“Studio Tiny Loft Jewellery was created in 2014, focussing on "sophisticated grown-up girls” – the fabulous 35+ women who often do not find the product made specifically for them – they are looking for bolder, edgier pieces with a focus on quality and uniqueness. “The no-bling statement pieces I make are my own interpretation of classic Bohemian jewellery in a new and modern way.”
CAROLYN MCINTIRE SMYTH SPECIAL AWARD
Minthorn Fine Art
Carolyn McIntire Smythchestnutpark.com
Michael Minthorn is an artist living and working in rural Ontario. Light and tonality are the primary objects of his art and he is interested in capturing the North American landscape from a variety of perspectives, both physical and artistic. His work can be found in public, corporate, and private collections worldwide.
RICHARD SILVER SPECIAL AWARD
Based out of Peterborough, Stephen Hayes has been working with a wide range of materials for several years. Working in three-dimensional mixed media has been less a conscious choice than an evolving need to broaden his visual vocabulary to better express himself artistically. Many of the themes and issues present in his work are of a personal nature. Much of the imagery and content could be described as landscapes imbued with a human presence, in a context that is often reflective of our daily aspirations and struggles.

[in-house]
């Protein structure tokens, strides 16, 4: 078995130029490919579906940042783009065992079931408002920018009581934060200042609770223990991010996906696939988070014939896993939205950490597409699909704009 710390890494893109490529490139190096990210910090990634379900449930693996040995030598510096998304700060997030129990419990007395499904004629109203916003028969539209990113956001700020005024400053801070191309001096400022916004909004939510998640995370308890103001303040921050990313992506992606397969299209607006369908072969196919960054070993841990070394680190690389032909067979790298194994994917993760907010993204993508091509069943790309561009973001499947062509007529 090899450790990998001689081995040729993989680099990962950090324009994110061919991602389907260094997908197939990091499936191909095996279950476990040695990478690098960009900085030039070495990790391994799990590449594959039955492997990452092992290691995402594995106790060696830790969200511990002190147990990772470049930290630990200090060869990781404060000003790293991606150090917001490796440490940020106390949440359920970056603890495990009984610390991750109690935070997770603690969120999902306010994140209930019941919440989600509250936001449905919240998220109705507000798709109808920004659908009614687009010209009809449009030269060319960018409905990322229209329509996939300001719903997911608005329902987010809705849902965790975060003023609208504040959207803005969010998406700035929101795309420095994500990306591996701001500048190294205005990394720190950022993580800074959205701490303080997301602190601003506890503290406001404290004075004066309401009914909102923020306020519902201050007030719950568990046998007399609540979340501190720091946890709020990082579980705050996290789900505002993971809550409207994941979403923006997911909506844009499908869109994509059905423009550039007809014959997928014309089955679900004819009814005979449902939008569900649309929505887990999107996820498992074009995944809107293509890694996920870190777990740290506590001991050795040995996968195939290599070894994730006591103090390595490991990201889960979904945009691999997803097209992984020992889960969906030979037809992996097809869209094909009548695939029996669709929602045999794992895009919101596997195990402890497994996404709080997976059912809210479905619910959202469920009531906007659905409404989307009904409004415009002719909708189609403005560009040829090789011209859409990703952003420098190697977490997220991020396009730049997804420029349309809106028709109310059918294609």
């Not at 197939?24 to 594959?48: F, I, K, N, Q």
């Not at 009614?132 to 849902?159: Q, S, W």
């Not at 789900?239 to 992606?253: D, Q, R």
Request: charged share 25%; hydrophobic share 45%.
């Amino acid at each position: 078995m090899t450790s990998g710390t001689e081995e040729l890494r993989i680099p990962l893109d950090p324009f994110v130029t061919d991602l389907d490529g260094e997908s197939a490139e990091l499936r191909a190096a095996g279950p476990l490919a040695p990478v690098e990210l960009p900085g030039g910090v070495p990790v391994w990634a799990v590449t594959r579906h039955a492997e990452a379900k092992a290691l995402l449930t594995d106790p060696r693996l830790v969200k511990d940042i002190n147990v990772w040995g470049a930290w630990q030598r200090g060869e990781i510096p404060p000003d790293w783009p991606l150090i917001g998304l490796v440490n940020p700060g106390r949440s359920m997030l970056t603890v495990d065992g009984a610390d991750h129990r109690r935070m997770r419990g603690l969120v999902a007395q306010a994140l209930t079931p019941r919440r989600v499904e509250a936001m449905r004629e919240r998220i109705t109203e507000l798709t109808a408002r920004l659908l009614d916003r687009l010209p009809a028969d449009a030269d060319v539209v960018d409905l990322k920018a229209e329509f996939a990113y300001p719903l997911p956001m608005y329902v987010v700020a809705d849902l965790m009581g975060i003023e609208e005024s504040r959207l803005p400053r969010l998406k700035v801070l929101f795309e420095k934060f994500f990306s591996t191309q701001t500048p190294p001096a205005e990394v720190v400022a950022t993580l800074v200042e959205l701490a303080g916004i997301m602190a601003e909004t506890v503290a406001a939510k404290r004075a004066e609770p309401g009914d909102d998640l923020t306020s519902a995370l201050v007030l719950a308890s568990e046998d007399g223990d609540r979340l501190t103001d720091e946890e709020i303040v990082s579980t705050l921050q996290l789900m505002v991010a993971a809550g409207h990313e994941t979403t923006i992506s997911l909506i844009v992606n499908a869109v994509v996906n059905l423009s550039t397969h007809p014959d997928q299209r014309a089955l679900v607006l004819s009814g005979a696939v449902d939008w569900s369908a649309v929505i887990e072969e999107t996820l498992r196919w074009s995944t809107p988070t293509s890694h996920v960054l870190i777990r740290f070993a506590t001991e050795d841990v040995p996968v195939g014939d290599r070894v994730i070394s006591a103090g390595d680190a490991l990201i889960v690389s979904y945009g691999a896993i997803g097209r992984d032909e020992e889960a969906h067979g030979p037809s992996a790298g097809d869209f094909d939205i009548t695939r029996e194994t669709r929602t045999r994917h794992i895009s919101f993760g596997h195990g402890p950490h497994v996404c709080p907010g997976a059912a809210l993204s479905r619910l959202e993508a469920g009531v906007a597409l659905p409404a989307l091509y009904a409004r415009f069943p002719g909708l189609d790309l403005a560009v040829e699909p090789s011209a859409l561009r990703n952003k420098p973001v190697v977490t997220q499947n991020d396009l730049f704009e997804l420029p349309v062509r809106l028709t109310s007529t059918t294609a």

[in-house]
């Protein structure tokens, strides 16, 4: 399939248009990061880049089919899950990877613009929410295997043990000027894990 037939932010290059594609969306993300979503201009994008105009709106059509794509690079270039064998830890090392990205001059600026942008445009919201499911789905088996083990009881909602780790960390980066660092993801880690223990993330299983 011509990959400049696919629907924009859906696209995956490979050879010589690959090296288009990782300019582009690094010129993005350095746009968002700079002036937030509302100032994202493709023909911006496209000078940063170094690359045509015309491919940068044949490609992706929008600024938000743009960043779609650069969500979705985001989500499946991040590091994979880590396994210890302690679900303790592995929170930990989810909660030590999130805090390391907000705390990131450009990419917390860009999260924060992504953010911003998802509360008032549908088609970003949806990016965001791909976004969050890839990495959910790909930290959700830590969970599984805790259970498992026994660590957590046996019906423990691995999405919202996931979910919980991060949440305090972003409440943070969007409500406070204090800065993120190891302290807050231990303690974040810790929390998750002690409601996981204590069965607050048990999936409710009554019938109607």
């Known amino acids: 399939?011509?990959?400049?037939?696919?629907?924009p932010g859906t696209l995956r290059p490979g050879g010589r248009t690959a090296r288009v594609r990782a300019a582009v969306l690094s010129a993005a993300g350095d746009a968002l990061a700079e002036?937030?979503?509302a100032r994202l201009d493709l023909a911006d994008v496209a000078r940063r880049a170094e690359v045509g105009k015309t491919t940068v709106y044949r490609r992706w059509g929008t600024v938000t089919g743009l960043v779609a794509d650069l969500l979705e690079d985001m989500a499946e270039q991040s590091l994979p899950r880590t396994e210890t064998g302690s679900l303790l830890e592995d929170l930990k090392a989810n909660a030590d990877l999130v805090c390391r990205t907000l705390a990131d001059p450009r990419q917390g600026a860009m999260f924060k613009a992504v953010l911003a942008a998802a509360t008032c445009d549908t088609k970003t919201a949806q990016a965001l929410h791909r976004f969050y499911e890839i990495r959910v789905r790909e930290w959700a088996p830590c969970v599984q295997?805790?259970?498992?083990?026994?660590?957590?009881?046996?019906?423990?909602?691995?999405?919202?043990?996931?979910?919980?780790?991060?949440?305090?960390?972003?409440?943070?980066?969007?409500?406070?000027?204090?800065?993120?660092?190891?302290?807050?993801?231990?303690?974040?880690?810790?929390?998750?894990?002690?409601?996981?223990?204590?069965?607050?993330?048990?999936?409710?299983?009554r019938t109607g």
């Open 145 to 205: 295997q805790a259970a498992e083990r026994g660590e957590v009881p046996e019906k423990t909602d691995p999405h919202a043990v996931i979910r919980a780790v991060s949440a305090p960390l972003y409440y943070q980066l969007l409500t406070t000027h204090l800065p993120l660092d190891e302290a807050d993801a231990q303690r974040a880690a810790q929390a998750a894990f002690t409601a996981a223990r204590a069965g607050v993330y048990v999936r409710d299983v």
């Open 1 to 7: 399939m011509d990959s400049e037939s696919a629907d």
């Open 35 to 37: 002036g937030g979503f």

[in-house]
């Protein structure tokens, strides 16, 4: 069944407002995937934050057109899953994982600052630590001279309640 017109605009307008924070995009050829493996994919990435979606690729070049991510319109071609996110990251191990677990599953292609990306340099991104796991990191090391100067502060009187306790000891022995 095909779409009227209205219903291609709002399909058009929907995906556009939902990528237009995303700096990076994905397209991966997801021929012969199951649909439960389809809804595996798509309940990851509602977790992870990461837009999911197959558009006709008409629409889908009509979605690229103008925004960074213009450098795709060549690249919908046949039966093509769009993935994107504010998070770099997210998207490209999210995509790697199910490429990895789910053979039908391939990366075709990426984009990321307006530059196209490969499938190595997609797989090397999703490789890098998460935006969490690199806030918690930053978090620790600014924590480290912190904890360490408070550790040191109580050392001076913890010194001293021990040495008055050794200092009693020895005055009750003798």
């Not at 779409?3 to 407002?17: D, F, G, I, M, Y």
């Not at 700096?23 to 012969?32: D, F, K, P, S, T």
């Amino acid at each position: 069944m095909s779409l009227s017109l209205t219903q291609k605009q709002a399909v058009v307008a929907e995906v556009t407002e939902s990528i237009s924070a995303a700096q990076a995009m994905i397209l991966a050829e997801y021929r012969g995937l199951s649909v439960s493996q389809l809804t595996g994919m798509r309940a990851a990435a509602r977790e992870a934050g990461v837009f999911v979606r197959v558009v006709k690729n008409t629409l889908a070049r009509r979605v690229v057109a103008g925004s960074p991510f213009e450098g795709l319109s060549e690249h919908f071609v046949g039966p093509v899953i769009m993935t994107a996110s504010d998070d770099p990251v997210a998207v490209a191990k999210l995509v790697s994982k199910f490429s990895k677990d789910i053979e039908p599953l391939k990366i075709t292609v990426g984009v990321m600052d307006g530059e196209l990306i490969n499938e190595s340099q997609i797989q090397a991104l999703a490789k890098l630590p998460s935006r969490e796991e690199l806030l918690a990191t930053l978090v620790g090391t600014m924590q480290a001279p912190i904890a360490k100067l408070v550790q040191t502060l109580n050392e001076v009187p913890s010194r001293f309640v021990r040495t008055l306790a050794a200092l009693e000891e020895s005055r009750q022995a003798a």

PATTIE WALKER MEMORIAL AWARD
“Through the combination of salvaged steel materials and intricately hand cut patterns that reference historical modes of production and thought, my work seeks to bring about conversations that bridge the past and the present surrounding labour, object history, and the industrial legacy of North America. These manufactured goods were used and imbued with memories and human relations through their former lives as domestic transportation or a tools of the trade.
“My craft comes about through the combination of plasma arc cutting, a relatively recent technological innovation and the precision of a practised hand. Often plasma cutters are operated using a computer controlled system for steel fabrication. Hand cutting requires patience and years of practice, this recalls other analog reductive sculptural practices such as wood and stone carving.
“My materials are found in the scrapyards, antique stores, flea markets, and farmers fields of Ontario. Sourcing the materials is its own process that through an extended network of people keep me in supply.”